I never knew whether to believe this (he lied to me about other things - but that's a different story!), but after reading your post, was curious.

Oh, this would have happened in Albany or Troy, NY. Not that I expect you'd know of it, but in case that mattered.

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I love dairy! Does that mean I can't be a vegan?

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Dark Blue
The First USA Noel


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Well, please don't be frightened and wet your pants the next time your stopped. That would be cause for embarassment on both our parts no? (Although I probably wouldn't give you a ticket after that) If a driver does nothing to alarm me, I will make this as pleasant as I can (After all its still a traffic stop and can only be so pleasant) Do the vast majority of people I stop want to kill or hurt me? No. Do I assume they do? You bet. Its better to be ahead of the game when this becomes the case.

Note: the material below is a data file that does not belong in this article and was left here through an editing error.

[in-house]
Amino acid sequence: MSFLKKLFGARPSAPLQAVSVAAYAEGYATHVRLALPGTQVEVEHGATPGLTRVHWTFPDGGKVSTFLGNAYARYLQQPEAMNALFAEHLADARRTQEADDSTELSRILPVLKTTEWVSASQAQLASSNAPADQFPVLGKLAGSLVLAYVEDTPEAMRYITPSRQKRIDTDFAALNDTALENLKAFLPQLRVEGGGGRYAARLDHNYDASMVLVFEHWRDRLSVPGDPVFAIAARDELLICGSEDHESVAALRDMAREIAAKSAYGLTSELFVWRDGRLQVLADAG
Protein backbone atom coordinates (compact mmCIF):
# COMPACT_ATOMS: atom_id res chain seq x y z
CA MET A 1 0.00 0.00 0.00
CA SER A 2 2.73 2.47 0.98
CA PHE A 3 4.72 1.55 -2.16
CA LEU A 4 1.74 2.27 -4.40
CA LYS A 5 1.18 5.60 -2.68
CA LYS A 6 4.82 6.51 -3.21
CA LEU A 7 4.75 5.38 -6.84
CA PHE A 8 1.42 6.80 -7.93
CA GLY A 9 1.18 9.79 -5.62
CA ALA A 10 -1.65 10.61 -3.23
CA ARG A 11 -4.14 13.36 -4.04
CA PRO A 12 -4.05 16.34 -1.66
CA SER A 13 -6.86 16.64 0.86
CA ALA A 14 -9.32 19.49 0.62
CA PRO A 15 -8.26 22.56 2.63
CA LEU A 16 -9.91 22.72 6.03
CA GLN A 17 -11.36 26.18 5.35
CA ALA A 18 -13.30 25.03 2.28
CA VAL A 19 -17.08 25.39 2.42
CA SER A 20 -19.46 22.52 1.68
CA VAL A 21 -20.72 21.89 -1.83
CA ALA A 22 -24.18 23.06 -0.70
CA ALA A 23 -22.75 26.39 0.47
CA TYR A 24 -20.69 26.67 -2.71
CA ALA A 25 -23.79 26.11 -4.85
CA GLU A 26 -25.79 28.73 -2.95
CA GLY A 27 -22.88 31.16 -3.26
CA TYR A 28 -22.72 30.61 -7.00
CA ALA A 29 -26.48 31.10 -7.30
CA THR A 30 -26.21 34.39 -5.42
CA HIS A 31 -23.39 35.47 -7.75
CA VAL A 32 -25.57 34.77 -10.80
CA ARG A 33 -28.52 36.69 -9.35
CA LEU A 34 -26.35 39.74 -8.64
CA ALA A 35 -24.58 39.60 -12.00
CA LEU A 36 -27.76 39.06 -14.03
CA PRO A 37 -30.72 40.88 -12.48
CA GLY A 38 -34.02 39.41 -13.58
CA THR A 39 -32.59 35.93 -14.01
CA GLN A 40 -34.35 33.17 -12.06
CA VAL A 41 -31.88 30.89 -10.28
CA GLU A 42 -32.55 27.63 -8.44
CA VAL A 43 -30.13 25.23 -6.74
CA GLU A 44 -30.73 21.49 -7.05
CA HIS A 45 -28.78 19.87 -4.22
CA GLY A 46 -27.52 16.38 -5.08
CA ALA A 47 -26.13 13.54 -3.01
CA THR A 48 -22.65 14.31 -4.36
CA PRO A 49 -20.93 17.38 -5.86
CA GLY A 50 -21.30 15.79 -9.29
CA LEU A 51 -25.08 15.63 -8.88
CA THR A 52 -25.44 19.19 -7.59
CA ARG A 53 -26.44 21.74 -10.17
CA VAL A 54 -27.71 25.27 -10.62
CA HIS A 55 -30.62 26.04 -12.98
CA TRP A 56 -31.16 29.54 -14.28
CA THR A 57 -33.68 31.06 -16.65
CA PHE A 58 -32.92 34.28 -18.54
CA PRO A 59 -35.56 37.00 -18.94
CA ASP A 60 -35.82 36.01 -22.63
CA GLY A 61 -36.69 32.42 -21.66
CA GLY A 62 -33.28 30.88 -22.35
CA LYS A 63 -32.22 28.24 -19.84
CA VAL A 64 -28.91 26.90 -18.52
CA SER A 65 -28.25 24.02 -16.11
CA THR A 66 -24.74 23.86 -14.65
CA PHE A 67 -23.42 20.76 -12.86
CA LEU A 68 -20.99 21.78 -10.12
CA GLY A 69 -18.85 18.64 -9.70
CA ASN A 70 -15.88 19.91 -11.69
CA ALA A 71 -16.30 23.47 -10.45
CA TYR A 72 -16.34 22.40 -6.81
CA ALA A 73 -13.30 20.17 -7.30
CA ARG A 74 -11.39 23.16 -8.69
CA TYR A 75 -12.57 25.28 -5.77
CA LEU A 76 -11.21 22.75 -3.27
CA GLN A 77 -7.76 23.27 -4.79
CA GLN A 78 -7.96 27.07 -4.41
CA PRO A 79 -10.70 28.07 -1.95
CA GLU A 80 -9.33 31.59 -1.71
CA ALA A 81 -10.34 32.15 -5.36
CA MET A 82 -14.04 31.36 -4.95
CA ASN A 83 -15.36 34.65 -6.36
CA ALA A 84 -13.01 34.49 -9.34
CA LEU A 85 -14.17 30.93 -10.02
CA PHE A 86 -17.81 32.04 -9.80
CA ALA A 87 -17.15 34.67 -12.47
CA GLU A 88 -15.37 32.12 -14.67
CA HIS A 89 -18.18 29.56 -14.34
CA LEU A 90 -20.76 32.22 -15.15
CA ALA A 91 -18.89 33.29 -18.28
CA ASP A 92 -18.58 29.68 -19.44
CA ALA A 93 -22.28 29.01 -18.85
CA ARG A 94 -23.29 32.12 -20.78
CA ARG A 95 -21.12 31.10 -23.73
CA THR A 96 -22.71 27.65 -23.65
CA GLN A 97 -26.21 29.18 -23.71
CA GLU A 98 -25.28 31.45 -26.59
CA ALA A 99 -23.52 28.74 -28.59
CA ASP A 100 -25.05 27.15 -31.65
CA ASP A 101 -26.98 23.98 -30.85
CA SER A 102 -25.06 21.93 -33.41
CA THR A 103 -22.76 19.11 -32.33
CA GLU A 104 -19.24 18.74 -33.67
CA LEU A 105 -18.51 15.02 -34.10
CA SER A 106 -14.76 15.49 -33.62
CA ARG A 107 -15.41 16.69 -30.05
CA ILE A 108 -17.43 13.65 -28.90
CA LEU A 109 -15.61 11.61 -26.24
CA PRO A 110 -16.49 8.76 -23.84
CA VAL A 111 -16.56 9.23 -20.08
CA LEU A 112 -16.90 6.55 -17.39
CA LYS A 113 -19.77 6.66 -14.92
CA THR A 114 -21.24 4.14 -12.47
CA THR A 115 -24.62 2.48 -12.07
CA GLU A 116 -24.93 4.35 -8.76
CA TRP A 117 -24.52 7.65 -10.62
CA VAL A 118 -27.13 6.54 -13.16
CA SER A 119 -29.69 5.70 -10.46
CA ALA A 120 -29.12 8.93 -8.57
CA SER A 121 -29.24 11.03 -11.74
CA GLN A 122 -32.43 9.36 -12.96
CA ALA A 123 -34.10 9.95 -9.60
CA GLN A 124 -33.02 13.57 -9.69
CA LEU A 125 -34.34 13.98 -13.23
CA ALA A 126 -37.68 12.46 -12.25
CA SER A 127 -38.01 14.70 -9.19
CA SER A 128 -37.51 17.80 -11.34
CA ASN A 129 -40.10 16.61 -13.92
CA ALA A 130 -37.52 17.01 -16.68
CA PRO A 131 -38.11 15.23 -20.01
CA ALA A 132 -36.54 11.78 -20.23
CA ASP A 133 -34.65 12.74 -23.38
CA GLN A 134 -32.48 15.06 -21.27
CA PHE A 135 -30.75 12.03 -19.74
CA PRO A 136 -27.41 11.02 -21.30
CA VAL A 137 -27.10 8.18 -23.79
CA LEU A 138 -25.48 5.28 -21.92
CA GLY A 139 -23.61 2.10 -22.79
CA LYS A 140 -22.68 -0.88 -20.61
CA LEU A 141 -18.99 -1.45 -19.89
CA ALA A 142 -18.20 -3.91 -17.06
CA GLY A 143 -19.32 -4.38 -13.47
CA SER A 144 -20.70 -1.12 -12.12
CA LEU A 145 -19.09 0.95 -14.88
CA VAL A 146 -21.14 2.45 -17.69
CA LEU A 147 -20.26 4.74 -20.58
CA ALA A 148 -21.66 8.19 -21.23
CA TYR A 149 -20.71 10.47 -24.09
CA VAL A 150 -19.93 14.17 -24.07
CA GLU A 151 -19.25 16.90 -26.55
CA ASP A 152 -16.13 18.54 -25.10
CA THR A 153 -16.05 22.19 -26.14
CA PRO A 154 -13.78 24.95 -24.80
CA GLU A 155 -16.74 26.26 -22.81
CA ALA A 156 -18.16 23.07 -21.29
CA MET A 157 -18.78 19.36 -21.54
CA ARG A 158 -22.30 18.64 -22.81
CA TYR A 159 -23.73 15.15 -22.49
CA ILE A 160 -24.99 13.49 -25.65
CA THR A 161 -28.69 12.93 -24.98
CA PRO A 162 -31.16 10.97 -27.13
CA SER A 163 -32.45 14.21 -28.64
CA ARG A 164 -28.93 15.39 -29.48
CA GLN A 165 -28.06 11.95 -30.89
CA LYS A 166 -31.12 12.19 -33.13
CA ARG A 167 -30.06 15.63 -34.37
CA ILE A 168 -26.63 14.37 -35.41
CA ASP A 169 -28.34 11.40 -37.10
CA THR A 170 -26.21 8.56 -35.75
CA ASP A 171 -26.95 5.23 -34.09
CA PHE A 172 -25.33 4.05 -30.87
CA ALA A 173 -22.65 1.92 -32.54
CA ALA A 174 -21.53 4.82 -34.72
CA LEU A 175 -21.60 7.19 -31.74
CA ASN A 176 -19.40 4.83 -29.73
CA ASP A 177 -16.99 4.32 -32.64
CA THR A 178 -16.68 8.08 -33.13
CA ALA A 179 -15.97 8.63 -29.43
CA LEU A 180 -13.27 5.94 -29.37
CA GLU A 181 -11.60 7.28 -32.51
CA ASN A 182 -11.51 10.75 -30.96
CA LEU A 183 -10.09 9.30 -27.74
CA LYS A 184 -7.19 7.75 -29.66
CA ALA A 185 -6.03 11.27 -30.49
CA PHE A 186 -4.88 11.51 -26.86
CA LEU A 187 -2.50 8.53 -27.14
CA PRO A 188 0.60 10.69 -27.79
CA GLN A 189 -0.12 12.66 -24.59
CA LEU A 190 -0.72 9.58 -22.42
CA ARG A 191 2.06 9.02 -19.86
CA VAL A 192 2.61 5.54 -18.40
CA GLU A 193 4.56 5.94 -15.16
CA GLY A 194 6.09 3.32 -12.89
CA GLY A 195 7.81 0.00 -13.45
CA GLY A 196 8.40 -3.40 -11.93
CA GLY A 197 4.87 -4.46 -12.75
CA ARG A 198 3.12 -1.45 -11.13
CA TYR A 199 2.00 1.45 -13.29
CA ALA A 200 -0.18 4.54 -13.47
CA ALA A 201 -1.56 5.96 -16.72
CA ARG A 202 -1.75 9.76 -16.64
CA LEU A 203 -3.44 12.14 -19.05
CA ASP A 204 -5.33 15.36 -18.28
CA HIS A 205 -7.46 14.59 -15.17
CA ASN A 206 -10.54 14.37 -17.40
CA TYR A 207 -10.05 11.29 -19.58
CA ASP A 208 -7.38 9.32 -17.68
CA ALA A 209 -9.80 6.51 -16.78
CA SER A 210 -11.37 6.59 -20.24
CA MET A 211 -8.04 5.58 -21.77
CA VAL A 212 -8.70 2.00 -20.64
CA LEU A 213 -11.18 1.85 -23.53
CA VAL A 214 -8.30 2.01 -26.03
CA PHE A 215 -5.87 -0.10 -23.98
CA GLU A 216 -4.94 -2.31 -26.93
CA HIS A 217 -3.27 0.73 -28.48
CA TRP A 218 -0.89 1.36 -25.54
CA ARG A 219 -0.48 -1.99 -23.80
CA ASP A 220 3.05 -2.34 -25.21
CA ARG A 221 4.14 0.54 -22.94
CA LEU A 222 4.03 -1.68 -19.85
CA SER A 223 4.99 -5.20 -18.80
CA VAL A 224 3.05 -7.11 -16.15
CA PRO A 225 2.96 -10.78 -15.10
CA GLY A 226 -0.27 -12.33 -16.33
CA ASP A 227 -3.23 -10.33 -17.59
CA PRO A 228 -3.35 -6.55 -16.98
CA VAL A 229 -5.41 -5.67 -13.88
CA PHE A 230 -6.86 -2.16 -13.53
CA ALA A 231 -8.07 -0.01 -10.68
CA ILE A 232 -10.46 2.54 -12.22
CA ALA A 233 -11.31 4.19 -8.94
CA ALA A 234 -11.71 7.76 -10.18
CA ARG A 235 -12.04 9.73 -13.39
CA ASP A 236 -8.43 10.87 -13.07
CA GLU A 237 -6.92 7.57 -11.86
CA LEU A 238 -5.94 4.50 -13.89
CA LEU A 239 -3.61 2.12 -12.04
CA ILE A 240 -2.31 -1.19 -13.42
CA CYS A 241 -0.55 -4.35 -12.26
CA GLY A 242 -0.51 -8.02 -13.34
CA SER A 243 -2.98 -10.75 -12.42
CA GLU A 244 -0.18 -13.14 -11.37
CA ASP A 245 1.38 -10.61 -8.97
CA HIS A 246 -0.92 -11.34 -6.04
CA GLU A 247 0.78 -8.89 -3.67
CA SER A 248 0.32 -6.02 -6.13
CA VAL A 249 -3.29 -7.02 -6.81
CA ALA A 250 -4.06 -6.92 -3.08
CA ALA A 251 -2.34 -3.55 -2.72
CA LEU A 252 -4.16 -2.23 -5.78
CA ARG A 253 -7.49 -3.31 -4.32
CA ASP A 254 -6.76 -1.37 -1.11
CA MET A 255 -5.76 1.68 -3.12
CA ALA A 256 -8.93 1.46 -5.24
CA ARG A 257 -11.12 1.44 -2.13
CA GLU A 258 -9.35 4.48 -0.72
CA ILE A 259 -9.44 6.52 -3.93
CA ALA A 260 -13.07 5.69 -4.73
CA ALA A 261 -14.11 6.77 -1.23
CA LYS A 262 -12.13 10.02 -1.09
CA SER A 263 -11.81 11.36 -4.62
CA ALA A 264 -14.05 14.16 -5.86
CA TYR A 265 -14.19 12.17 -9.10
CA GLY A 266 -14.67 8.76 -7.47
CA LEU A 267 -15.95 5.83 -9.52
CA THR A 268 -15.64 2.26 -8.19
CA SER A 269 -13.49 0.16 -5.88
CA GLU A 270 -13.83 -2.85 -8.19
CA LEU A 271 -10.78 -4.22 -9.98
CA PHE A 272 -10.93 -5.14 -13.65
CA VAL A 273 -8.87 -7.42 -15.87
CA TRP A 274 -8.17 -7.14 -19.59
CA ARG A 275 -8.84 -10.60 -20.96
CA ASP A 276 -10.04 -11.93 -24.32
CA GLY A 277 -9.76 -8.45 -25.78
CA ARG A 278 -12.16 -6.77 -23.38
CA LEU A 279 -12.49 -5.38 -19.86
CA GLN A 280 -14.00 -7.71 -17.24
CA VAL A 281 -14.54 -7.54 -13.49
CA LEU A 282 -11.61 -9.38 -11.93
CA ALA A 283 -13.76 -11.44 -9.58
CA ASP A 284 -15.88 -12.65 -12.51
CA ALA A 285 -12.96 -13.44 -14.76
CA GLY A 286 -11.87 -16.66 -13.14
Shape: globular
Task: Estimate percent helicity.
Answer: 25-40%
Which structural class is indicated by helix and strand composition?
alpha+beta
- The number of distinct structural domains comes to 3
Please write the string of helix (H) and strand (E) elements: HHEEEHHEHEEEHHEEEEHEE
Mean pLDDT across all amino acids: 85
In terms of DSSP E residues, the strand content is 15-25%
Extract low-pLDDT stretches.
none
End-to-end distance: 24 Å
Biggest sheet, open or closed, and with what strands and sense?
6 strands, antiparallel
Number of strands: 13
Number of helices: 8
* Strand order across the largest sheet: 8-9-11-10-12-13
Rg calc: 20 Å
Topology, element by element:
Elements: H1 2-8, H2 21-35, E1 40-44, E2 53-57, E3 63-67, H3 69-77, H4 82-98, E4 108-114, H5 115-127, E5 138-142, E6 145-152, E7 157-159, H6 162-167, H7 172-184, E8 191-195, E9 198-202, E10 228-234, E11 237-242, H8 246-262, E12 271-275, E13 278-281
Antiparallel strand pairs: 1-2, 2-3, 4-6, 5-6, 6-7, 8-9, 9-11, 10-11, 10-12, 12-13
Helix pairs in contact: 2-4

As far as the situation you described here are my thoughts on it. I understand the officer's thoughts and actions, although I would have done a few things diffrently because lets face it, screwing a gun into someones head isn't community friendly. I would have stepped back from the vehicle a little ways, had a ready grip on my gun, and then we would have had a discussion about the srewdriver and where it needed to go, and that next time it would be better to not grab it or at least tell me about it. Again there is a 99.9% chance that its an innocent act. But I'm gonna be prepared for the .1% time that it isn't. Being that its a screwdriver, to attack me with it he would either have to open the door and get out, or come through the window. If I back up, I'm still ahead of the game and can deal with this if thats what happens. Personally I think the supposedly "veteran" officer's attitude is exactly what I'm talking about. He is thinking of it like its more than likely that they don't want to hurt me. And he is right 99% of the time, but the 1% of the time he is wrong, he is gonna get hurt or killed. Just my opinion.